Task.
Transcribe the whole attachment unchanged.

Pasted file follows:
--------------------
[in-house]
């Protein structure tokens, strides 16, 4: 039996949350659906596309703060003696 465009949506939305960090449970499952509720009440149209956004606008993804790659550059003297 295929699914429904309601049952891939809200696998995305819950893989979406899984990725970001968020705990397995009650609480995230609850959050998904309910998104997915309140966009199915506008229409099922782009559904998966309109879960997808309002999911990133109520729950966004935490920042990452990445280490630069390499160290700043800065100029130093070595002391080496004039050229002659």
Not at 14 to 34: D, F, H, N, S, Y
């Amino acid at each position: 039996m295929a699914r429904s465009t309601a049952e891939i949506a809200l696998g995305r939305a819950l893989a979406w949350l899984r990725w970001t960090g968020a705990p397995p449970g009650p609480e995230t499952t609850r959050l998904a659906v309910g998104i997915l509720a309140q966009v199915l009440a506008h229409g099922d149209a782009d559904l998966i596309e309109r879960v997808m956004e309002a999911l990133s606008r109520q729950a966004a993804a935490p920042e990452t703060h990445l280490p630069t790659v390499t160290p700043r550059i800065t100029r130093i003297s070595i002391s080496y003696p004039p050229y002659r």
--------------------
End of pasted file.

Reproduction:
[in-house]
């Protein structure tokens, strides 16, 4: 039996949350659906596309703060003696 465009949506939305960090449970499952509720009440149209956004606008993804790659550059003297 295929699914429904309601049952891939809200696998995305819950893989979406899984990725970001968020705990397995009650609480995230609850959050998904309910998104997915309140966009199915506008229409099922782009559904998966309109879960997808309002999911990133109520729950966004935490920042990452990445280490630069390499160290700043800065100029130093070595002391080496004039050229002659």
Not at 14 to 34: D, F, H, N, S, Y
């Amino acid at each position: 039996m295929a699914r429904s465009t309601a049952e891939i949506a809200l696998g995305r939305a819950l893989a979406w949350l899984r990725w970001t960090g968020a705990p397995p449970g009650p609480e995230t499952t609850r959050l998904a659906v309910g998104i997915l509720a309140q966009v199915l009440a506008h229409g099922d149209a782009d559904l998966i596309e309109r879960v997808m956004e309002a999911l990133s606008r109520q729950a966004a993804a935490p920042e990452t703060h990445l280490p630069t790659v390499t160290p700043r550059i800065t100029r130093i003297s070595i002391s080496y003696p004039p050229y002659r």